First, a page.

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Named Social Worker: Summary of evaluation findings

Published: SCIE, Innovation Unit and York Consulting, July 2018

The impact of the Named Social Worker pilot

The Department of Health and Social Care (DHSC) initiated the Named Social Worker (NSW) pilot to build an understanding of how a named social worker can help to improve outcomes for individuals with learning disabilities, autism and mental health conditions. Phase 1 ran from October 2016 to March 2017 and Phase ran 2 from October 2017 to March 2018.

The Social Care Institute for Excellence (SCIE) and the Innovation Unit, worked with the six Phase 2 sites to assess the impact of the pilot on the individuals engaged in the pilot, the named social workers and the wider system. Three sites focused on transition cases while the other three worked with individuals who were from learning disability or Transforming Care cohorts.

This report draws from and summarises findings from the NSW Phase 2 programme evaluation report (SCIE) and NSW Cost Benefit Analysis (York Consulting). It is aimed at other local authorities or commissioners interested in learning how a NSW approach can improve outcomes, have a positive impact on social worker’s skills, confidence and motivation and reduce costs.

The report should be read alongside ‘Putting People at the Heart of Social Work’ (Innovation Unit) and ‘Stories of impact: a service user journey’ (Humanly).

Summary of key findings

Despite the short pilot timeframe, the evaluation evidence suggests that the NSW pilot had impact across three levels: on the individuals engaged in the pilot, on the named social workers themselves and on the wider system, as outlined below:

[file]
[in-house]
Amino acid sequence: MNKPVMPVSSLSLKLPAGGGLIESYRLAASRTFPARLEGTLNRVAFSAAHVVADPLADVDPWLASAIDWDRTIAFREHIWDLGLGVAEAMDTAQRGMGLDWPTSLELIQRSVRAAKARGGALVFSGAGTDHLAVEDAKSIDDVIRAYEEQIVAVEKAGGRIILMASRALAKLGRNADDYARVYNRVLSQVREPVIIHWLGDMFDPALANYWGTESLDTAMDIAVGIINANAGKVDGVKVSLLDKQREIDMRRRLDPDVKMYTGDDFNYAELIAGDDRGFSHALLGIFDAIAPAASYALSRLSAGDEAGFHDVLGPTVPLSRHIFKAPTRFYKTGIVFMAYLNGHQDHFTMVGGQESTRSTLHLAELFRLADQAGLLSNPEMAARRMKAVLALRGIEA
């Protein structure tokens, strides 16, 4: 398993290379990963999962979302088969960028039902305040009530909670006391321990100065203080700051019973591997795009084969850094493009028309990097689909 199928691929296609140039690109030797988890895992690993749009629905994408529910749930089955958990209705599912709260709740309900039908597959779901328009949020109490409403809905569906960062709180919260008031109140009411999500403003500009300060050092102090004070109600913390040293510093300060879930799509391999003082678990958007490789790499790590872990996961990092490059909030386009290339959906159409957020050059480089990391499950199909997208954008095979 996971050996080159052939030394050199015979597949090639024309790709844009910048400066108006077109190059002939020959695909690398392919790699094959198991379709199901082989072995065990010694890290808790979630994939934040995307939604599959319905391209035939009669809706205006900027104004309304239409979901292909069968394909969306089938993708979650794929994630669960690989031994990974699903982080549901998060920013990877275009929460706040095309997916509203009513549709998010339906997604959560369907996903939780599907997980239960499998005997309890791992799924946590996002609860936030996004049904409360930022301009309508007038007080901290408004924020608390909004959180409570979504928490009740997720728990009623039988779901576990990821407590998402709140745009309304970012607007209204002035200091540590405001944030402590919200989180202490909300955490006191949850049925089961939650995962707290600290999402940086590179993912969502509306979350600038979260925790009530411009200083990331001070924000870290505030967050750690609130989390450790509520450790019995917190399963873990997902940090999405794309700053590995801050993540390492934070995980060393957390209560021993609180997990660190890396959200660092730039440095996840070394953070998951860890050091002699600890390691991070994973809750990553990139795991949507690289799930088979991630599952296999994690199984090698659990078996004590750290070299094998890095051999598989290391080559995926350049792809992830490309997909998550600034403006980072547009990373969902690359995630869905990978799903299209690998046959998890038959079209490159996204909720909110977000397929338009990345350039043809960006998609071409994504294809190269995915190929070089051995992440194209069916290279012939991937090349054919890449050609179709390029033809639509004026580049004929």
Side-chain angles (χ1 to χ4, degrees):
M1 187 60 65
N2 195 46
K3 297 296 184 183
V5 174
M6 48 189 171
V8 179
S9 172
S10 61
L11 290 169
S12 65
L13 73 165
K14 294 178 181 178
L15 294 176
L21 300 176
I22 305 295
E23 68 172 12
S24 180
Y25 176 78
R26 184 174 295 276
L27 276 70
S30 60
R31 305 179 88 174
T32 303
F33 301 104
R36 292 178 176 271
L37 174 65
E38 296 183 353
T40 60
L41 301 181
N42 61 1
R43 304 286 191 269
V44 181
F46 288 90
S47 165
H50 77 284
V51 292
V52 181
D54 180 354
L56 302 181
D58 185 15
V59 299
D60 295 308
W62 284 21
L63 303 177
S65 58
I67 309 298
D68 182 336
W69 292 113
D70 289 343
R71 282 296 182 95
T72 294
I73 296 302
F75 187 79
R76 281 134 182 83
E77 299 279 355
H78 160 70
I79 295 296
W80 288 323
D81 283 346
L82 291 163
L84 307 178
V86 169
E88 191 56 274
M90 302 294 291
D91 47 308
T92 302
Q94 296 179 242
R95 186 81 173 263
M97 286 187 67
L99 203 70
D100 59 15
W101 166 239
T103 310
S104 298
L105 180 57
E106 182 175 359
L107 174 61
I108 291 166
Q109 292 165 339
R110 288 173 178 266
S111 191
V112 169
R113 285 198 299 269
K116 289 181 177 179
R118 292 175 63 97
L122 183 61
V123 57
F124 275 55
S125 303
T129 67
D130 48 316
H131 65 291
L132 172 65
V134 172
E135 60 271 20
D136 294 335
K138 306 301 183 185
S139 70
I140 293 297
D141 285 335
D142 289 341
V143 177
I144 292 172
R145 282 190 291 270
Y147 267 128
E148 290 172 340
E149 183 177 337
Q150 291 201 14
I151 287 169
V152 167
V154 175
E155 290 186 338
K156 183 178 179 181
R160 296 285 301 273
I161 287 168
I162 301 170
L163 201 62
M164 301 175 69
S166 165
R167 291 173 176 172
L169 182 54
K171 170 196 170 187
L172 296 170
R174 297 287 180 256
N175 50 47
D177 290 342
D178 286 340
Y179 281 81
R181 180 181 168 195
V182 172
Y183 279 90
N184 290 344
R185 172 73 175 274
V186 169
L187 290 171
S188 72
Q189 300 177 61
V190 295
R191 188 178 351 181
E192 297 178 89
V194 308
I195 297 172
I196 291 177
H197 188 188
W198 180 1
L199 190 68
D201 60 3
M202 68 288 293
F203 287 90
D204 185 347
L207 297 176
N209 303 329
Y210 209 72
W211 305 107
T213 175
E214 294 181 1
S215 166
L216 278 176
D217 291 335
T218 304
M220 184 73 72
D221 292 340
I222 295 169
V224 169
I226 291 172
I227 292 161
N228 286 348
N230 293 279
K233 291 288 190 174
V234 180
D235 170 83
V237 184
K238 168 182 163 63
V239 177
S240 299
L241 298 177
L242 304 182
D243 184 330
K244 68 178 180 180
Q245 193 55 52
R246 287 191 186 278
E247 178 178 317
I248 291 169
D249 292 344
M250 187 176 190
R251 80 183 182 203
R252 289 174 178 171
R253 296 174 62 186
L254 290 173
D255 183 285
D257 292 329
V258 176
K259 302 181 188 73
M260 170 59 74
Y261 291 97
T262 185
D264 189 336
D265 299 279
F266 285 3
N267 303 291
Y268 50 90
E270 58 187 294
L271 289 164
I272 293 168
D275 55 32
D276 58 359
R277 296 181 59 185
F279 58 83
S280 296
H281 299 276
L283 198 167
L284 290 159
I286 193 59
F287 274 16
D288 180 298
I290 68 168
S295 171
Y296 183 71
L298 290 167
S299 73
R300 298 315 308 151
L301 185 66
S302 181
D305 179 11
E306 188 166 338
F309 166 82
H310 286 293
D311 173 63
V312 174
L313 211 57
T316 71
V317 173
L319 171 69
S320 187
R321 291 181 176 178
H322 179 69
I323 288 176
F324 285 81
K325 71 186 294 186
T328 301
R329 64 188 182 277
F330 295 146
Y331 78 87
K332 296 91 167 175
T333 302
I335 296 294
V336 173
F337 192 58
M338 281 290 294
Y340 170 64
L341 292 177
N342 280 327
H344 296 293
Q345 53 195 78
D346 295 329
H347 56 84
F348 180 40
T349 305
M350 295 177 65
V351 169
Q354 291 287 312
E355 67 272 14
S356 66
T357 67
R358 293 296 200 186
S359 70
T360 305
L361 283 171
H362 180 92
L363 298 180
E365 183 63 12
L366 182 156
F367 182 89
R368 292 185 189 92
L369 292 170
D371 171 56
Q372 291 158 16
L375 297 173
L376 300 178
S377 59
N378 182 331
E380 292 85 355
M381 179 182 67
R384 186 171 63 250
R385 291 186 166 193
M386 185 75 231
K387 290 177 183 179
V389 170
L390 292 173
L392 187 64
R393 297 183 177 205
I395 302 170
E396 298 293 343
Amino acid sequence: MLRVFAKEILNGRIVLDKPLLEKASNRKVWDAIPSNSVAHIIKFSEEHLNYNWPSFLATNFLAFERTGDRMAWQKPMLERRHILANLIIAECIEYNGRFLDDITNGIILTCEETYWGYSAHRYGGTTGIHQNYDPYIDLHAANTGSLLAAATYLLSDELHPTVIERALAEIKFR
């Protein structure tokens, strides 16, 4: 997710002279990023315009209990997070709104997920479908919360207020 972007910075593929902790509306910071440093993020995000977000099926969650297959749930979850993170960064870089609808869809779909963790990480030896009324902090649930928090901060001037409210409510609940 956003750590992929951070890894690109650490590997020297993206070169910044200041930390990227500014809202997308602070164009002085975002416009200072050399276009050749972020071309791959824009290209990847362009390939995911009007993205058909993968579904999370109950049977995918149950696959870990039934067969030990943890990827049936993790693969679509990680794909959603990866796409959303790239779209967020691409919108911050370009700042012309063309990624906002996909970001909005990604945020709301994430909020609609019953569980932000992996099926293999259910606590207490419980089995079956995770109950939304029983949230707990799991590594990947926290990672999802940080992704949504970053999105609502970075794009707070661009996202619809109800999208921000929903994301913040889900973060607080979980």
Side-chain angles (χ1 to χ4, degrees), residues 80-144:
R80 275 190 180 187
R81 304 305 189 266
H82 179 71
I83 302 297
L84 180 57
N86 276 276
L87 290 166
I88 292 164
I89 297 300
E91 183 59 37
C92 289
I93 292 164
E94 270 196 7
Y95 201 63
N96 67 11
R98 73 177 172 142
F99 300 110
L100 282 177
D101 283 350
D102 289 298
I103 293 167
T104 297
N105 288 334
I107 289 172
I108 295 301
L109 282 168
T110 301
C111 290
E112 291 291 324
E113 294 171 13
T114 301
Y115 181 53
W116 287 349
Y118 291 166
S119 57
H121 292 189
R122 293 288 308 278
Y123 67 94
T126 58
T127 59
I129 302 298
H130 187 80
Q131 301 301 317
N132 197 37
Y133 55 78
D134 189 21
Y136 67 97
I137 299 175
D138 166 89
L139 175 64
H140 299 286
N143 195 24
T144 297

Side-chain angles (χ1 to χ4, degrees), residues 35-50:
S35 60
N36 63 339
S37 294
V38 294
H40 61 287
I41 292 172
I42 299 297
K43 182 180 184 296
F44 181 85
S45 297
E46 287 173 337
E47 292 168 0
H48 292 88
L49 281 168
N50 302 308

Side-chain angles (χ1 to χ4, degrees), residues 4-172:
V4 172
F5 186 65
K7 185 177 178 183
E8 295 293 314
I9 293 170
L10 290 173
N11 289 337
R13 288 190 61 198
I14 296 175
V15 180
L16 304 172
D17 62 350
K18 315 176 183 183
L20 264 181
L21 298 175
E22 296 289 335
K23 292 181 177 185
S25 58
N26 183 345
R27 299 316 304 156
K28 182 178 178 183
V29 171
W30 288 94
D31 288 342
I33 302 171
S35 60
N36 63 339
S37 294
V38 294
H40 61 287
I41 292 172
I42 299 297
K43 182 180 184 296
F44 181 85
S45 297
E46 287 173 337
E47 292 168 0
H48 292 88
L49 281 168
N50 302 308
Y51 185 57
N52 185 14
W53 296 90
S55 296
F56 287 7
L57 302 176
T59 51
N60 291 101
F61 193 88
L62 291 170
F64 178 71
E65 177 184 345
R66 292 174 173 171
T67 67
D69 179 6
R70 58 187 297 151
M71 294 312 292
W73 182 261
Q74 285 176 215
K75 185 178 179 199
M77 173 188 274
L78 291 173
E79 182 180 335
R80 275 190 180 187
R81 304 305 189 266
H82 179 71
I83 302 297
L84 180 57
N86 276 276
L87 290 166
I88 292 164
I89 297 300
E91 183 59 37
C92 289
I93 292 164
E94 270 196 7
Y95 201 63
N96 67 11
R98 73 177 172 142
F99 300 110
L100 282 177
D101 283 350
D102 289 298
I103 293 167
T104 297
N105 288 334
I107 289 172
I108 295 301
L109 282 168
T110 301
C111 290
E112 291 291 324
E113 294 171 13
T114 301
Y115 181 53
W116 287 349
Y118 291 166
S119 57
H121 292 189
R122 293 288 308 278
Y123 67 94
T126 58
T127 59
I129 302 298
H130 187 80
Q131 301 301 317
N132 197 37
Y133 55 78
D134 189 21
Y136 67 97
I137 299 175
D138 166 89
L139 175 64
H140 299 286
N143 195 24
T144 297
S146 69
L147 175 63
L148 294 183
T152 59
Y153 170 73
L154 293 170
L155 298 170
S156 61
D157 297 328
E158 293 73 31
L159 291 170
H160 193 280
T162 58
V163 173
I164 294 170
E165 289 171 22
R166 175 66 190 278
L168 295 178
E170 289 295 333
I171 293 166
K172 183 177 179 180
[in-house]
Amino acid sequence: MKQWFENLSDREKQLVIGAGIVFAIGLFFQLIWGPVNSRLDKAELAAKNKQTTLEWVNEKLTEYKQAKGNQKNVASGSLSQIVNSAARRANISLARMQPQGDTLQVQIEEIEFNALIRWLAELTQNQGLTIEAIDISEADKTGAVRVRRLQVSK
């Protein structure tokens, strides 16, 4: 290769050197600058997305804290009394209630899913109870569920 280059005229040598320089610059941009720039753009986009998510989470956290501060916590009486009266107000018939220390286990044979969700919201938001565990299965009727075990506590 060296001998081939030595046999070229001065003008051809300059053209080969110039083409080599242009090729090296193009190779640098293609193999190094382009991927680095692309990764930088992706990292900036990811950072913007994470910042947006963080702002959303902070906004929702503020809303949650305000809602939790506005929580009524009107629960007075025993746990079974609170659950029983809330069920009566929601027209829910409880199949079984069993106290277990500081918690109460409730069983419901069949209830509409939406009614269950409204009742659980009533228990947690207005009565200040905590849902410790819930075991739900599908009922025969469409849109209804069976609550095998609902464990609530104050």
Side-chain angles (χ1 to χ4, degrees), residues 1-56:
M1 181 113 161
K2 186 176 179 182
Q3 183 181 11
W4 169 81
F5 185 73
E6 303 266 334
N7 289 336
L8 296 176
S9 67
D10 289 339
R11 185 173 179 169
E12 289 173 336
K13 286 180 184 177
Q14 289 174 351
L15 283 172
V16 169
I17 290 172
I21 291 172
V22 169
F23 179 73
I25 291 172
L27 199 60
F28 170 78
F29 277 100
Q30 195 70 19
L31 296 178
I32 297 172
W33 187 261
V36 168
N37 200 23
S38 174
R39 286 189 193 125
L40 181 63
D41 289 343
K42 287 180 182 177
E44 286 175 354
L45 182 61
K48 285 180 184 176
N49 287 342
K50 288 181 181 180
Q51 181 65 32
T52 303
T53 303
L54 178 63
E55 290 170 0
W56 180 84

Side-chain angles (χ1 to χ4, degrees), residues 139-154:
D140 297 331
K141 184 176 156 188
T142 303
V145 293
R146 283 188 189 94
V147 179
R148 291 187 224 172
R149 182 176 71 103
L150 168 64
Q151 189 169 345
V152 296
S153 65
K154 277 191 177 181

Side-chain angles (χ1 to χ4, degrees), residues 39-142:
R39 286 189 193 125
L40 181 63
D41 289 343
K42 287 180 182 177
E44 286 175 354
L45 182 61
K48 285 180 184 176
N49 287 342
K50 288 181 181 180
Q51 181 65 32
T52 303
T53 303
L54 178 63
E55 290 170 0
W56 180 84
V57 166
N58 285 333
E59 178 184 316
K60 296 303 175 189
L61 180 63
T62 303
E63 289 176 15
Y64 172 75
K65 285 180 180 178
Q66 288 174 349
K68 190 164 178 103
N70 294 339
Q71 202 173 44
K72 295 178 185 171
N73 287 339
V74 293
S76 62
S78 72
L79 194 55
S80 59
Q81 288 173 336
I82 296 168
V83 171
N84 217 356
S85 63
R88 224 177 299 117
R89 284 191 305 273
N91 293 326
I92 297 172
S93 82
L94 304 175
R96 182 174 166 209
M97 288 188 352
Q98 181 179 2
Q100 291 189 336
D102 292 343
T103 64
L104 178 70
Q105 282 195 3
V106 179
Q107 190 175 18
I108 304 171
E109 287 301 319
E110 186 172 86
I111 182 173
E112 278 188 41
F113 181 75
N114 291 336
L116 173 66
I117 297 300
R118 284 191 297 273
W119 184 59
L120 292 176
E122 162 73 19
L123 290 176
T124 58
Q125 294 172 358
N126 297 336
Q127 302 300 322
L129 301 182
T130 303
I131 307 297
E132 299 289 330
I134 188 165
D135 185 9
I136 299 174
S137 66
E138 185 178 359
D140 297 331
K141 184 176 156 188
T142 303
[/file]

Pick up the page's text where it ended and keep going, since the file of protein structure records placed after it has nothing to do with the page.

Impact on the individuals and the people around them

  • trusted relationships with people supported by services and those around them
  • increased and meaningful opportunities for people to shape their plans that respond to individual communication needs and preferences
  • new packages of support that better meet their strengths, aspirations and needs and those of the people around them
  • high levels of satisfaction reported including that people felt that the named social worker listened to them and acted on their behalf
  • evidence that people have been better able to live the lives they want including faster and smoother discharges, restrictive decisions overturned and greater stability of placements.

Impact on the named social workers

  • increased levels of skills, knowledge and confidence to do good social work e.g. the NSW survey found that confidence to meaningfully engage the person they are working with and those round them to deliver a person-centred plan increased from 47% to 94%
  • confidence to advocate for the people they work with and bring their voices to the fore e.g. the NSW survey found that confidence to constructively challenge other professionals/ services increased from 43% to 88%
  • higher levels of satisfaction with quality of work.

Impact on the wider system

  • evidence base of good social work in the local context and what it takes to put it into practice
  • evidence of reduced costs for packages of care
  • better cross-service coordination
  • supporting and complementing other strategic developments and policy areas locally
  • positive return on investment – a predictive financial return on investment (FROI) exercise suggested that the FROI of the NSW pilot was positive for all sites and generated a NSW FROI of 5.14, meaning that every £1 invested would anticipate a saving or costs avoided of £5.14. Of these costs avoided, 89% were anticipated to benefit the local authorities